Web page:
Representative CAG repeat distributions, and Msh3 variations in B6 and CBy mice.A) The autoradiographs show representative SP-PCR analyses of DNA, extracted from heart, liver, striatum and tail. At weaning the B6.Cg-R6/1 (B6) and CBy.Cg-R6/1 (CBy) congenic mice contained in tail DNA (CAG)98 and (CAG)94, respectively. For comparison the profiles of the Msh2−/− mouse is shown. About 5–10 DNA amplifiable molecules were amplified in each reaction with primers MS-1F and MS-1R. Animals were 20-weeks old. B) Congenic CBy.Cg-R6/1 mice were crossed to B6 and the resulting F1 progeny were crossed to produce F2 mice with all possible genotypes at the Msh3 locus. Repeat instability was assayed by amplifying 10 ng genomic DNA using fluorescently labelled primers and resolving the fragments by capillary gel electrophoresis (Figure 1B). Using this high-resolution approach repeat length distributions present with the typical ‘hedgehog’ pattern (e.g.[10], [13], [15], [16]. This pattern reflects both somatic mosaicism within the sample and PCR artefacts generated by Taq polymerase slippage [62], [63]. The PCR artefacts are predominantly repeat contractions, hence these are not considered here. The pattern of CAG repeat instability depended on genotype at the MSH3 locus. B6 homozygosity resulted in the greatest instability, CBy homozygosity resulted in lack of expansion, while heterozygosity resulted in an intermediate instability, indicative of a gene dosage effect of the Msh3 locus. Numbers indicate the CAG repeat size corresponding to major peaks. In addition, on the B6 tracing, a second number indicates the highest CAG repeat number detected. C) Msh3 polymorphisms in Msh3 gene from C57BL/6 (B6) and BALB/cBy (CBy) mice. Promoters were identical. SNPs were identified or confirmed to those in dbSNP by sequencing the Msh3 gene.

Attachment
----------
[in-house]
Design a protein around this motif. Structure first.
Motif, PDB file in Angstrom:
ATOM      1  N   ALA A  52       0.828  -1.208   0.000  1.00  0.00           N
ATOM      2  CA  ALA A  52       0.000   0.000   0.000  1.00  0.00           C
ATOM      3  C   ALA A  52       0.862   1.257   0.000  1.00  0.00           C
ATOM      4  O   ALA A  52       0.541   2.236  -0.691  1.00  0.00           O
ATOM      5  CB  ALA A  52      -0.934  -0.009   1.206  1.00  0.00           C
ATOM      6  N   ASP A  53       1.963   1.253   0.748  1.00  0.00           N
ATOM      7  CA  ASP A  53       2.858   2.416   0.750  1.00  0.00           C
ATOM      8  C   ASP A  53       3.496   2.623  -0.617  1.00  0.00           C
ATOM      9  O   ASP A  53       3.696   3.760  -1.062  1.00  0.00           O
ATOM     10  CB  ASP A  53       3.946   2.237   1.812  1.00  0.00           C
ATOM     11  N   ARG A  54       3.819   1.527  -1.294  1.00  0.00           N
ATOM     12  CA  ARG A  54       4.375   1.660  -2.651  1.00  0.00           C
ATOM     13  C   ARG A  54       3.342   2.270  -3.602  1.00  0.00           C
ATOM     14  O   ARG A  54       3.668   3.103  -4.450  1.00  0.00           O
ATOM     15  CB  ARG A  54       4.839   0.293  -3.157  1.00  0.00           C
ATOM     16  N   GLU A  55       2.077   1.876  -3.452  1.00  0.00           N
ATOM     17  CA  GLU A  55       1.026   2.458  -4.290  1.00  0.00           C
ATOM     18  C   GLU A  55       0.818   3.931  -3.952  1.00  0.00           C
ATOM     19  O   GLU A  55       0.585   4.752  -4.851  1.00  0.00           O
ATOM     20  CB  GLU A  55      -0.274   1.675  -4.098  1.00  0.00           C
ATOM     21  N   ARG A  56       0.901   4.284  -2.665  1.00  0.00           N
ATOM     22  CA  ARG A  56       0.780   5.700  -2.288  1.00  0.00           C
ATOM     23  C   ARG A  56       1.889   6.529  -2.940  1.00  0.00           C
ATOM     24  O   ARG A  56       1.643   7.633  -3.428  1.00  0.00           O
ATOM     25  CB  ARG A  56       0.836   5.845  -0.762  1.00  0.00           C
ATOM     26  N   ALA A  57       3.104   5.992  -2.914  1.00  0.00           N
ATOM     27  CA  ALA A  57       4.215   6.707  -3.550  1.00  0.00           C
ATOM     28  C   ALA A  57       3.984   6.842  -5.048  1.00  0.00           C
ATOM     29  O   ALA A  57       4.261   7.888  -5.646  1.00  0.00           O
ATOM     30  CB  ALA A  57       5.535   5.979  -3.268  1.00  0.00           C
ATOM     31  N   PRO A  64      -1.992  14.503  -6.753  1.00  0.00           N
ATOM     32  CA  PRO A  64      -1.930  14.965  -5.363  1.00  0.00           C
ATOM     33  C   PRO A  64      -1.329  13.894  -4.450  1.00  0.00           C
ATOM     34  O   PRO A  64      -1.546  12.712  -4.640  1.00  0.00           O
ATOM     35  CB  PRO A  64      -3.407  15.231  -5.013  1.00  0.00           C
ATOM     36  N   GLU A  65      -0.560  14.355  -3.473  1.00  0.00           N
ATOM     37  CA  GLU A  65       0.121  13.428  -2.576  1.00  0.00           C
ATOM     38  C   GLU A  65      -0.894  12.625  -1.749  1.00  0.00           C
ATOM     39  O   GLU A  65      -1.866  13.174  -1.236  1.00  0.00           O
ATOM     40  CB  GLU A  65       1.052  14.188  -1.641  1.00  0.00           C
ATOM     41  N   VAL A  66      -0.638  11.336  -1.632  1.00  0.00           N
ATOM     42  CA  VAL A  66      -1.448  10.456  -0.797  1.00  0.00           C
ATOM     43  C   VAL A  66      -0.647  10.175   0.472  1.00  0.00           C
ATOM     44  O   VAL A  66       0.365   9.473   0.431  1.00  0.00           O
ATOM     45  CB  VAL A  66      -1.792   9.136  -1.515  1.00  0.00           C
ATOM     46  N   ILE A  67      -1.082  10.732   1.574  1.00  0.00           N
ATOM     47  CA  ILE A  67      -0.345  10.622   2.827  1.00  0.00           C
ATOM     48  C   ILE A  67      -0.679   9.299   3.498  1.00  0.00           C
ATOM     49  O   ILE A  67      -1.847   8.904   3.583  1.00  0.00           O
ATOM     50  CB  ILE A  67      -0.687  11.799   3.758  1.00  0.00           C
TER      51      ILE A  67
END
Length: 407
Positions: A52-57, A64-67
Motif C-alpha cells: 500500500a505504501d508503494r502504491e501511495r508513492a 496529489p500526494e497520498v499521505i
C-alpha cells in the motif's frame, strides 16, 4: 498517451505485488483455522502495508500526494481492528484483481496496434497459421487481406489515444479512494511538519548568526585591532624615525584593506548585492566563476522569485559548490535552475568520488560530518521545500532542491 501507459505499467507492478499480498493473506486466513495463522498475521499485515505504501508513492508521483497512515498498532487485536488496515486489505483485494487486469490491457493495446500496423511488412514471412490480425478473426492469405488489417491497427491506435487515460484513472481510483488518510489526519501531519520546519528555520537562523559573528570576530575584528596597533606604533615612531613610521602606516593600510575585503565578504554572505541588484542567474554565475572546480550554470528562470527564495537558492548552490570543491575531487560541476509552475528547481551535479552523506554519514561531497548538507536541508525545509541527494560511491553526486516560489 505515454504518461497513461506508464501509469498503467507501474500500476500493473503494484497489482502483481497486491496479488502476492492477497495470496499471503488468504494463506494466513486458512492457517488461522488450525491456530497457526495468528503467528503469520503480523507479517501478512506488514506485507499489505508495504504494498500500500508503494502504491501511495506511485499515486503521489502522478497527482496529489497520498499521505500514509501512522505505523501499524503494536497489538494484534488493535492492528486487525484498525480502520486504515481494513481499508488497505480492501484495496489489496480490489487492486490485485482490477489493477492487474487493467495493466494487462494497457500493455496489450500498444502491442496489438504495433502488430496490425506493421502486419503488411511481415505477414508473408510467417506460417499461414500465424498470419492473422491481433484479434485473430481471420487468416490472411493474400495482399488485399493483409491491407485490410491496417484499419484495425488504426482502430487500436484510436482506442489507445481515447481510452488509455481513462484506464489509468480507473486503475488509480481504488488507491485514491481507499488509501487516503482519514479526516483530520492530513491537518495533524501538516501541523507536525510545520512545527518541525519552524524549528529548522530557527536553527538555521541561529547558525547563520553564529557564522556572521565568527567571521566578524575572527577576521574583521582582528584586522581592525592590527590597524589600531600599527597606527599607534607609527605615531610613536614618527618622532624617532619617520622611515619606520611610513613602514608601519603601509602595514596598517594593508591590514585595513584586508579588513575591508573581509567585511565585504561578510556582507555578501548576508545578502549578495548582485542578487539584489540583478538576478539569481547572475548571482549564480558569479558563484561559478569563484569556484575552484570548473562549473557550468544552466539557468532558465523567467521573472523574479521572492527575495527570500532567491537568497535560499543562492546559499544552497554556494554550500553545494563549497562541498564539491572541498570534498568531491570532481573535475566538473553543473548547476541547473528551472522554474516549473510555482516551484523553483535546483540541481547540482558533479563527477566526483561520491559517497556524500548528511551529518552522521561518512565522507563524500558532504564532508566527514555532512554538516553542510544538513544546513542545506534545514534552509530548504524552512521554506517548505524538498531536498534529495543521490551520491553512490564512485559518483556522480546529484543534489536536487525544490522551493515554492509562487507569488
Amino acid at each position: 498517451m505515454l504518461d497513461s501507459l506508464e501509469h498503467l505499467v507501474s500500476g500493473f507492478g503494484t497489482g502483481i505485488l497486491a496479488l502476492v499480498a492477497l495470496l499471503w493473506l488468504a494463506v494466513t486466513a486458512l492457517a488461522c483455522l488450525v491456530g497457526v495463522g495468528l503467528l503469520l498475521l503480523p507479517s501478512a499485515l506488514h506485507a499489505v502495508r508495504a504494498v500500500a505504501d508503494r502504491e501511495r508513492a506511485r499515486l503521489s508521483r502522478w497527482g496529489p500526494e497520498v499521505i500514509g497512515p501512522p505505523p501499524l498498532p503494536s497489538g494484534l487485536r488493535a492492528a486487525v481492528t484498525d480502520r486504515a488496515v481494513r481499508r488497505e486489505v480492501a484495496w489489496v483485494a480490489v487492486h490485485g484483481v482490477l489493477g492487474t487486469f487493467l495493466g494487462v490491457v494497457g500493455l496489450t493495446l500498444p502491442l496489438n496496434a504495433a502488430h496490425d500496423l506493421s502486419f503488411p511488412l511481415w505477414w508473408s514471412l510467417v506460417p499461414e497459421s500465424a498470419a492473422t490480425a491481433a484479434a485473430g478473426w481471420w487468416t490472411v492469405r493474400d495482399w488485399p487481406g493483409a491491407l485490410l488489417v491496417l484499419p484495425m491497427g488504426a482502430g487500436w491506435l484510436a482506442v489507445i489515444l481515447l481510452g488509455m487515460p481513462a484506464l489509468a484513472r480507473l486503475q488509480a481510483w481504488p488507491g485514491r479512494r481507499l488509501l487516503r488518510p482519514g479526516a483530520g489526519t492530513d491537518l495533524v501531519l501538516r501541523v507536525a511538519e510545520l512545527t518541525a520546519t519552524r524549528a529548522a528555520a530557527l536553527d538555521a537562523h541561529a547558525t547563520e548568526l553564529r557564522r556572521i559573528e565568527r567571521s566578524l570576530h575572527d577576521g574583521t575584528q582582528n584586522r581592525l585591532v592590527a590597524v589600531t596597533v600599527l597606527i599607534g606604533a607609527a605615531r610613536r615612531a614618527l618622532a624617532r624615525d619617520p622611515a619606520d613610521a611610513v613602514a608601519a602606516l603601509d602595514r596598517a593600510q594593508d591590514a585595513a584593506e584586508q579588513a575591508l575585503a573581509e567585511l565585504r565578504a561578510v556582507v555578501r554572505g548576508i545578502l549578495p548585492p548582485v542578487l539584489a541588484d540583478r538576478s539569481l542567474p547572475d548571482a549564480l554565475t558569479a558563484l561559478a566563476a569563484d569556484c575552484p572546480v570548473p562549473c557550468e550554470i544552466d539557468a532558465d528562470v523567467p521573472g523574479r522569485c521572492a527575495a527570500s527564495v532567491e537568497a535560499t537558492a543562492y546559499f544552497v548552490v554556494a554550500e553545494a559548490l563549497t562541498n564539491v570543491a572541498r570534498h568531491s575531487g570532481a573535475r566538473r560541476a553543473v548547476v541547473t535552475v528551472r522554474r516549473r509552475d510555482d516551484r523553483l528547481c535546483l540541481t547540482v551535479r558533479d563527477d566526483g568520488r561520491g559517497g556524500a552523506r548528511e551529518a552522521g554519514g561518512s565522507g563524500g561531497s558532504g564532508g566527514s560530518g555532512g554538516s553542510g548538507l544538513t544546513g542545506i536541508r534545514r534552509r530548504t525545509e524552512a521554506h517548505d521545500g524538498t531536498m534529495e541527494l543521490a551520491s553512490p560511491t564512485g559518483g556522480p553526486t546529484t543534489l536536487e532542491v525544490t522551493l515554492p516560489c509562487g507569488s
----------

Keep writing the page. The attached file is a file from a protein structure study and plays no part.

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Related In: Results  -  Collection